For some patients with advanced cancer, immunotherapy can mediate complete and durable regression of widely metastatic disease. However, most gastrointestinal cancers, including 95% of colon cancers and nearly all pancreatic cancers, do not respond to the FDA-approved immunotherapy regimens that have proven to be effective for patients with other types of cancers.
In the Surgery Branch, we are performing bench-to-beside research to enhance the function of the immune system by preserving and regenerating T cell function, and are engineering T cells to efficiently target unique cancer mutations. Finally, we are investigating fundamental aspects of cancer cell biology to make cancer cells more visible to the immune system.
We are translating this research through our adoptive cellular immunotherapy platform for patients with unresectable or metastatic gastrointestinal cancers. Also, for patients with surgically resectable but high risk tumors, we are developing novel combinatorial immunotherapy treatments that may help stimulate immune responses and prevent tumor recurrence.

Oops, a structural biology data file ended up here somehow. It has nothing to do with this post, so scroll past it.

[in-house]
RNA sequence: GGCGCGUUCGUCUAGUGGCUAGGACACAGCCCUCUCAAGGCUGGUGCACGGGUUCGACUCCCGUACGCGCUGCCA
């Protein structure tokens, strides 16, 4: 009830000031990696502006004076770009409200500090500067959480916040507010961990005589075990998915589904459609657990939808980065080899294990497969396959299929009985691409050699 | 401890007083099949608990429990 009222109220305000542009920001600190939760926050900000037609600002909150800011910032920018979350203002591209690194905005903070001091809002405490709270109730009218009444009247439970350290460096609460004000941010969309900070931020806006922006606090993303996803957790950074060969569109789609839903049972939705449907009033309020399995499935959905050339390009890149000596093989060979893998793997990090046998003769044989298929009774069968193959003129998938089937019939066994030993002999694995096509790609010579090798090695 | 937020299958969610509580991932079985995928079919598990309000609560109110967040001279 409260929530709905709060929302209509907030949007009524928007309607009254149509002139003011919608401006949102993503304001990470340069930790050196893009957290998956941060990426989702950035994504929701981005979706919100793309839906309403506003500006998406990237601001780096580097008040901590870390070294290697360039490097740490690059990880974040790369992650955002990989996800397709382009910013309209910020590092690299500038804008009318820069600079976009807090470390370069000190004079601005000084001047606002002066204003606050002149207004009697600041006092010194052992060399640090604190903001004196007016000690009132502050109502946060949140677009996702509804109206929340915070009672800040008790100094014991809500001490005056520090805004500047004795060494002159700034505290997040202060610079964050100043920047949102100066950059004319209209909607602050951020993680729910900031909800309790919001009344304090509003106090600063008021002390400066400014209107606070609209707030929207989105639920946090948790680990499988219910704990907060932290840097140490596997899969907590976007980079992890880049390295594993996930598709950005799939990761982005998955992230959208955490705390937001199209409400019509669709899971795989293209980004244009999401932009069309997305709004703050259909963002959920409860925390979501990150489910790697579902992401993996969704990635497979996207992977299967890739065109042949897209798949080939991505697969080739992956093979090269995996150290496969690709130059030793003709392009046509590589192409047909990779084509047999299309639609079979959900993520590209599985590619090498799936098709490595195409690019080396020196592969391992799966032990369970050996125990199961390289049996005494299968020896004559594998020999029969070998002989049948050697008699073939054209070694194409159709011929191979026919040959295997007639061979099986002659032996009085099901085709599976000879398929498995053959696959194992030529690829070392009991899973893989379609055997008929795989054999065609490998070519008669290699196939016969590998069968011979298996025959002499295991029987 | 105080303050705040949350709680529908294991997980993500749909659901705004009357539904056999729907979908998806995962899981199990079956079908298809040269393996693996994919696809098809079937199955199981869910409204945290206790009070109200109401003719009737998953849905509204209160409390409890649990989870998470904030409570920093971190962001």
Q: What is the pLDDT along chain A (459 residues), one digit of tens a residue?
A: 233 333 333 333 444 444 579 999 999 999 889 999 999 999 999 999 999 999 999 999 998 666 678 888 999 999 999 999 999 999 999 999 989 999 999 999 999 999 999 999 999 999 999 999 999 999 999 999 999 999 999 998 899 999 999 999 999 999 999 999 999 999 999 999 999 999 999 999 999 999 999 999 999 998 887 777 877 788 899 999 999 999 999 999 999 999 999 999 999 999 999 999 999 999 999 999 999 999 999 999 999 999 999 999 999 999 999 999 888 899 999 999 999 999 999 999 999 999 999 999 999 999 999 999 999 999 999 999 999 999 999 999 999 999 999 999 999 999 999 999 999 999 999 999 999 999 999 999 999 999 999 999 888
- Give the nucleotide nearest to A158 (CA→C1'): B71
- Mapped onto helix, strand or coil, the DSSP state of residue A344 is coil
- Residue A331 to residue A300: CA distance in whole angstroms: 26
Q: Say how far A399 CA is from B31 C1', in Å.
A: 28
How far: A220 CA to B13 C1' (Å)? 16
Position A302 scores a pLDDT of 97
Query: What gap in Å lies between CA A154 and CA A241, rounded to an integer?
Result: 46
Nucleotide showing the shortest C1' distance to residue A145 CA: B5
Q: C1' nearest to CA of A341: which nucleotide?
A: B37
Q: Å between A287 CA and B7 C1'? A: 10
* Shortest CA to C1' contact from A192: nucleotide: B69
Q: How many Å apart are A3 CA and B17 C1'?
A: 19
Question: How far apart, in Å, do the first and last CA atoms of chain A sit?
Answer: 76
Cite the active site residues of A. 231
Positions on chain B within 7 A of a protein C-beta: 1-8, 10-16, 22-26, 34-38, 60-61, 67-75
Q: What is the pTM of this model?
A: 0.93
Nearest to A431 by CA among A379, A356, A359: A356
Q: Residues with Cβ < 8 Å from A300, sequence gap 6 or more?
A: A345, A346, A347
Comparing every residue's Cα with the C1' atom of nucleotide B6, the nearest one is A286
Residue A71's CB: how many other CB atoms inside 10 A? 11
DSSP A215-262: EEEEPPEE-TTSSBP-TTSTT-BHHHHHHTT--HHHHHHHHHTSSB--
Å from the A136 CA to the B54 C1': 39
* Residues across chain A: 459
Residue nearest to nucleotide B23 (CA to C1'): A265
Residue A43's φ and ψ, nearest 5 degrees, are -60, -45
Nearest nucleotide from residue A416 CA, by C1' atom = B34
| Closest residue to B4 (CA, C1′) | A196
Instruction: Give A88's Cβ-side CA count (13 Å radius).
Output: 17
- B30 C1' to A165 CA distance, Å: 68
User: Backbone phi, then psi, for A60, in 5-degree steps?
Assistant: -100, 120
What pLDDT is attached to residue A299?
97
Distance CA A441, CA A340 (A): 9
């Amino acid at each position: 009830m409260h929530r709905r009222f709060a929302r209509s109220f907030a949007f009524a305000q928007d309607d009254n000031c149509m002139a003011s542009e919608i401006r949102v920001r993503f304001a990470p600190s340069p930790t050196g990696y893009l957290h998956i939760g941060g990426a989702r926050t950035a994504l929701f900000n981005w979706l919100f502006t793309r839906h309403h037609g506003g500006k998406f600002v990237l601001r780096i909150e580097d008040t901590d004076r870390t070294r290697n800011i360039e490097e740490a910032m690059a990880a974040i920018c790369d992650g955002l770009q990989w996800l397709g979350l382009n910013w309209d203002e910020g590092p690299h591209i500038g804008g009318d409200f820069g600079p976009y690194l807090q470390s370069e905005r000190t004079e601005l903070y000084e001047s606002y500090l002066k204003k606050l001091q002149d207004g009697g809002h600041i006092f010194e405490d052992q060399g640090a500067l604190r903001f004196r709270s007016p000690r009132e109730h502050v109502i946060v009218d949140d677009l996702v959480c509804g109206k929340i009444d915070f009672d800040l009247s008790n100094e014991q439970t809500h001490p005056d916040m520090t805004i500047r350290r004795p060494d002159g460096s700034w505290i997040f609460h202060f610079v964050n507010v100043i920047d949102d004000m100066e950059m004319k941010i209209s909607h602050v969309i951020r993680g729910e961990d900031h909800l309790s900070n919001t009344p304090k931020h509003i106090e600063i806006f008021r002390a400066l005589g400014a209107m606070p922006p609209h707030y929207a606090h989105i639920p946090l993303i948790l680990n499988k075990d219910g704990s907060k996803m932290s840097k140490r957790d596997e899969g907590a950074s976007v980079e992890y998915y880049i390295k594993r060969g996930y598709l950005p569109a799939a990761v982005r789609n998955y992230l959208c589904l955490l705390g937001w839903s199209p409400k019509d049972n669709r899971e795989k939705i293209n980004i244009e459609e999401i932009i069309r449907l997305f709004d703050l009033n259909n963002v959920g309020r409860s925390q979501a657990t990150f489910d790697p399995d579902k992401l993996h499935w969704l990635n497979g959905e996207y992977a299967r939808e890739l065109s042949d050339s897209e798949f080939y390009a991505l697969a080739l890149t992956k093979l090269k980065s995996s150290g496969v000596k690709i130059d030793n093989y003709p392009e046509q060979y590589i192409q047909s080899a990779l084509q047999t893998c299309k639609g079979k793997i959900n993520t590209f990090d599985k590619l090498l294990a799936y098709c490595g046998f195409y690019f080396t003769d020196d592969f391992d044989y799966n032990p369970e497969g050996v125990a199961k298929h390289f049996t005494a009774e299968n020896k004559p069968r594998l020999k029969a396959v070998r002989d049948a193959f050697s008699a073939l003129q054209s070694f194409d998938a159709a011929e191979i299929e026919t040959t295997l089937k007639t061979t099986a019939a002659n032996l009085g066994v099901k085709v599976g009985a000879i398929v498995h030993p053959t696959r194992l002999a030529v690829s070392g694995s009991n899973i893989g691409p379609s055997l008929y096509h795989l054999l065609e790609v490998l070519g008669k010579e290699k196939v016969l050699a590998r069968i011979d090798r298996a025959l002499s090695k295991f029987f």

Nicholas Klemen, M.D., is a surgical oncologist at the National Cancer Institute (NCI) in Bethesda, Maryland. He earned his B.S. and M.D. degrees from Indiana University. Dr. Klemen received surgical training at Yale University and spent three years at the NCI completing a clinical fellowship in cancer immunotherapy and a research fellowship in immunotherapy and cellular reprogramming. After completion of his residency training, Dr. Klemen completed a clinical fellowship in complex general surgical oncology at Memorial Sloan Kettering Cancer Center where he gained further expertise in the management of cancers of the gastrointestinal tract, especially those of the colon, pancreas, and liver.
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This page was last updated on Monday, April 25, 2022